Why Poverty Persists in America, pt. 2

The other day, I talked about the first of the four reasons why we cannot end poverty in the United States.  Now I will talk about the other three.

Single parenthood is another challenge.  According to Edelman, poverty rates among families led by single mothers is an astonishing 40%.  I don’t know enough about the problem to propose any solutions.  In the past, I have discussed how the the problem is systemic and self-reinforcing.  But, from a policy perspective, I am not sure there is much that can be done.  And race and gender are also big problem.  There are certainly policy prescriptions here, but the issue is so systemic that I won’t even try to address them in this post.

The last reason – the reduction of the safety net and elimination of certain assistance programs – is really troubling however.  Edelman explains the implications:

The census tells us that 20.5 million people earn incomes below half the poverty line, less than about $9,500 for a family of three — up eight million from 2000.

Why? A substantial reason is the near demise of welfare — now called Temporary Assistance for Needy Families, or TANF. In the mid-90s more than two-thirds of children in poor families received welfare. But that number has dwindled over the past decade and a half to roughly 27 percent.

One result: six million people have no income other than food stamps. Food stamps provide an income at a third of the poverty line, close to $6,300 for a family of three. It’s hard to understand how they survive.

At least we have food stamps. They have been a powerful antirecession tool in the past five years, with the number of recipients rising to 46 million today from 26.3 million in 2007. By contrast, welfare has done little to counter the impact of the recession; although the number of people receiving cash assistance rose from 3.9 million to 4.5 million since 2007, many states actually reduced the size of their rolls and lowered benefits to those in greatest need.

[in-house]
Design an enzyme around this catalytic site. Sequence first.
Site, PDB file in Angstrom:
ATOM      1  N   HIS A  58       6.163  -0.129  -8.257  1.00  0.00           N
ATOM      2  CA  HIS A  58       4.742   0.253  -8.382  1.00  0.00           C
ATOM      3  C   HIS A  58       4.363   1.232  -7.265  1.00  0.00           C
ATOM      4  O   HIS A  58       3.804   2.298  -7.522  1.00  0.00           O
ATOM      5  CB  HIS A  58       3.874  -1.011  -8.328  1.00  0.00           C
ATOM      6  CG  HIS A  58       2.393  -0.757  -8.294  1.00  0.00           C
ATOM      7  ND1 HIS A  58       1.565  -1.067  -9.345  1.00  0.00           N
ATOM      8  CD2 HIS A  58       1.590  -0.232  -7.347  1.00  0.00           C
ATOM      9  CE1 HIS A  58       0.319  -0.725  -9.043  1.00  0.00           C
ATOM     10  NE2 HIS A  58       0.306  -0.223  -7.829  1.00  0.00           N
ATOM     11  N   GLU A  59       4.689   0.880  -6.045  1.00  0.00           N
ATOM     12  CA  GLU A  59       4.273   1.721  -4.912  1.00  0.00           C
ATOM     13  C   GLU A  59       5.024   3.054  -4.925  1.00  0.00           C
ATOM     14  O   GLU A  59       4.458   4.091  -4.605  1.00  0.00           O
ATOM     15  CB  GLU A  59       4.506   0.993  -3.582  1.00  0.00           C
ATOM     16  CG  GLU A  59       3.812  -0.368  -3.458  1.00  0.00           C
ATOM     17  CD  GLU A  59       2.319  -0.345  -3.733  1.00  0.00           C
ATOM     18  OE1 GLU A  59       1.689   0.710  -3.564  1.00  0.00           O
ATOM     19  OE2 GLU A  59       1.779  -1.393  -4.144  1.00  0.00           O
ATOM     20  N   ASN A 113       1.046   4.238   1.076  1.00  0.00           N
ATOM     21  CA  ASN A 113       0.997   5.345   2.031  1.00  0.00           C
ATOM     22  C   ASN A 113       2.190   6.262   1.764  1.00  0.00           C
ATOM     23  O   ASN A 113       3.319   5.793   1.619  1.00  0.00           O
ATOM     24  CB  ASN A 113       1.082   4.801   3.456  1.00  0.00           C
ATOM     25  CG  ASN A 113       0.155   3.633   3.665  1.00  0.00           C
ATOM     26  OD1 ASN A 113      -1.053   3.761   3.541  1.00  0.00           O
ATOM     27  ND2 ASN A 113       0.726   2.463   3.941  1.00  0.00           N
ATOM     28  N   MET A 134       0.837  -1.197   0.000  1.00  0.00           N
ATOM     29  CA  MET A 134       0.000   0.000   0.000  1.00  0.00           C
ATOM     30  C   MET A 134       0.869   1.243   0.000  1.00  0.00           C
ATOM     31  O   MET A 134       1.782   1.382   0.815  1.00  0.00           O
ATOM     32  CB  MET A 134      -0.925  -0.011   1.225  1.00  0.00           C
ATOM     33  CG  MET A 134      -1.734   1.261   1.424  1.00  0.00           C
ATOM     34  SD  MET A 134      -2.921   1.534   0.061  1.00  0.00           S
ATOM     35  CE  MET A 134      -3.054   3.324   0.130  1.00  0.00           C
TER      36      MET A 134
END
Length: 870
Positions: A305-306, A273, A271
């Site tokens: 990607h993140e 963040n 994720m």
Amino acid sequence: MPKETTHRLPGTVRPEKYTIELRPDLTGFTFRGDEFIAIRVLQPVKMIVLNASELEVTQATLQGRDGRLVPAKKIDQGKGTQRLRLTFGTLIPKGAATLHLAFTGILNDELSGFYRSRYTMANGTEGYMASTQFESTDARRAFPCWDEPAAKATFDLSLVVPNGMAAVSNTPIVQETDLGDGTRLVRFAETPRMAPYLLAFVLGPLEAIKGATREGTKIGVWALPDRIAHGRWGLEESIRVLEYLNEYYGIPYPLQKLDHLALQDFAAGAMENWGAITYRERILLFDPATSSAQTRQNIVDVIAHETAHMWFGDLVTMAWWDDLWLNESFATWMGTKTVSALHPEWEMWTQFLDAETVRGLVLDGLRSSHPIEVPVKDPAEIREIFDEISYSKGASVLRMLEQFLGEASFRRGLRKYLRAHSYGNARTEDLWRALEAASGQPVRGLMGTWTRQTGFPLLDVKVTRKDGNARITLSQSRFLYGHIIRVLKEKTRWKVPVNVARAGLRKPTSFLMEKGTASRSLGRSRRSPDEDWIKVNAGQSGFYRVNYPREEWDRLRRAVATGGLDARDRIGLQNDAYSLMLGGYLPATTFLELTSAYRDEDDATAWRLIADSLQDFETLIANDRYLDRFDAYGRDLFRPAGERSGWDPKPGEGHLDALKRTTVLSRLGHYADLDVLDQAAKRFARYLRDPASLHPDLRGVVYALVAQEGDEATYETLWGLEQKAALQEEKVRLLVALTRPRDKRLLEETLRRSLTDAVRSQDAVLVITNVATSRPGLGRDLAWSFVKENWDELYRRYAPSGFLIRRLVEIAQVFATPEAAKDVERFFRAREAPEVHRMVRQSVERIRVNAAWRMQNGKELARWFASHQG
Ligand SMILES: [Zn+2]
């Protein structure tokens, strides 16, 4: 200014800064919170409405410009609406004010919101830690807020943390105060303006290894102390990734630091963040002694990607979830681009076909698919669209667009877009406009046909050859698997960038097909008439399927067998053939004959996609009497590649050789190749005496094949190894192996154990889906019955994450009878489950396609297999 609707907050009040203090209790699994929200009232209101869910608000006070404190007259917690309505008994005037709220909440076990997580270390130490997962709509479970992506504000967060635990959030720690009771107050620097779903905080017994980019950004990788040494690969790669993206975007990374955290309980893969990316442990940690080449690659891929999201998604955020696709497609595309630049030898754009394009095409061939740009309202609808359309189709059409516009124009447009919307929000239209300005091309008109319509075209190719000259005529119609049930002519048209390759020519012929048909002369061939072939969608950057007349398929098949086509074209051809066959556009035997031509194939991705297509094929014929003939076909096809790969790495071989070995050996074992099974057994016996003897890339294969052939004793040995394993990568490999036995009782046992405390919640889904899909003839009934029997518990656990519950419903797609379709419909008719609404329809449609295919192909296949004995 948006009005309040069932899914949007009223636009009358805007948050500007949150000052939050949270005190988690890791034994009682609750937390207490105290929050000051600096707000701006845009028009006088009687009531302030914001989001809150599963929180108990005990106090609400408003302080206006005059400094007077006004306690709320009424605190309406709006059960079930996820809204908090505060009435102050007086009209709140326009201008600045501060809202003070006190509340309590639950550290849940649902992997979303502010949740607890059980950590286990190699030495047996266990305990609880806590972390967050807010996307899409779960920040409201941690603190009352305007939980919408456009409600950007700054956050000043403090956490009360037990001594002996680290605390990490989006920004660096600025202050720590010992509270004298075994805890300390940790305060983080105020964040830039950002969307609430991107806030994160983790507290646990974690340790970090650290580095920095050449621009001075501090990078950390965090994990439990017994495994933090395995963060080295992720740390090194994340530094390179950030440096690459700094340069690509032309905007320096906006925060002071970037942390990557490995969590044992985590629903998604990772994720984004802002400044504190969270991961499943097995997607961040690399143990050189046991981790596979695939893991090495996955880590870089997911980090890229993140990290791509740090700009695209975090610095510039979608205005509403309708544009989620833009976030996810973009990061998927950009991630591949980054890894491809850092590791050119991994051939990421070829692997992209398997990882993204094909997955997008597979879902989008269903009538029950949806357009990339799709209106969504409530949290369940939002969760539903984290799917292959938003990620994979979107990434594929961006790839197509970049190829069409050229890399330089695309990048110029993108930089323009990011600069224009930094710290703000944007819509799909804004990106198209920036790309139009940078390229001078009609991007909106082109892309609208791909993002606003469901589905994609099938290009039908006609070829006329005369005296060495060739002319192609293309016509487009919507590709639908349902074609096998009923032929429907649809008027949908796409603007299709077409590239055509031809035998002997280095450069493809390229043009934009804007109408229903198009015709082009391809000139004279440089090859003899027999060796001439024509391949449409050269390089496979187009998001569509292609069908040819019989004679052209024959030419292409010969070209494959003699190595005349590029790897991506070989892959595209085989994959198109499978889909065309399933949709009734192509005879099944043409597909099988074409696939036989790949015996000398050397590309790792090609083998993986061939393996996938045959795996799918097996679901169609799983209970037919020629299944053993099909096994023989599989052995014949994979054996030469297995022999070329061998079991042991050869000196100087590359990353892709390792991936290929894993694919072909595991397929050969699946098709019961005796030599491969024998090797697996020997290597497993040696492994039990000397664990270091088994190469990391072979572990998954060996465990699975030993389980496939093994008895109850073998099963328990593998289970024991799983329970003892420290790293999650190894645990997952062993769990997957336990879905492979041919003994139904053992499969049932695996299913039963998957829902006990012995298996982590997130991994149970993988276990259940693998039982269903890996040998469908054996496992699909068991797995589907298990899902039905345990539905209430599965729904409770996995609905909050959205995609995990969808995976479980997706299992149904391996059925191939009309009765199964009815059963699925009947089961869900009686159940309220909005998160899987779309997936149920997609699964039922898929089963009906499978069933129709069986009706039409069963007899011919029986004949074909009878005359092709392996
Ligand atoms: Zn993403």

During a recession, expanding the food stamp program and other TANF programs provide the greatest ROI in terms of stimulating demand.  Unlike the stimulus checks of 2008, which most people used to pay down debt and squirrel away in a savings account, food stamps and other credits are spent immediately.  Aside from the fact that we, as a country, have an obligation to make sure that people can eat, these programs make sense from an economic recovery standpoint.

The chart on the right shows spending on low-income programs, with and without Medicare and Social Security, as a percentage of real GDP over time.  In the War on Poverty during the LBJ administration, federal spending increased significantly before leveling off until the recession in 2008.  It has increased since Obama took office, primarily in response to the downturn, which increased the rolls of people in need.  Despite this mini-surge in spending, there a danger that it could be reversed.

Edelman ends the article with a stark warning that the status quo, as inadequate as it is, may not last.  There are long-term ways of dealing with the growing income and wealth gaps – simplifying the tax code, allowing the Bush tax cuts to expire, increasing the capital gains tax, regulating financial institutions, and investing in education and infrastructure, to name a few.  But an easy short-term solution is to, at the very least, maintain the current TANF programs, if not expand them to include the growing numbers of people living at or below the poverty line in this country.

Poverty in this country is a challenge.  But we can deal with the problem by reforming our education system and maintaining and potentially expanding the social safety net.


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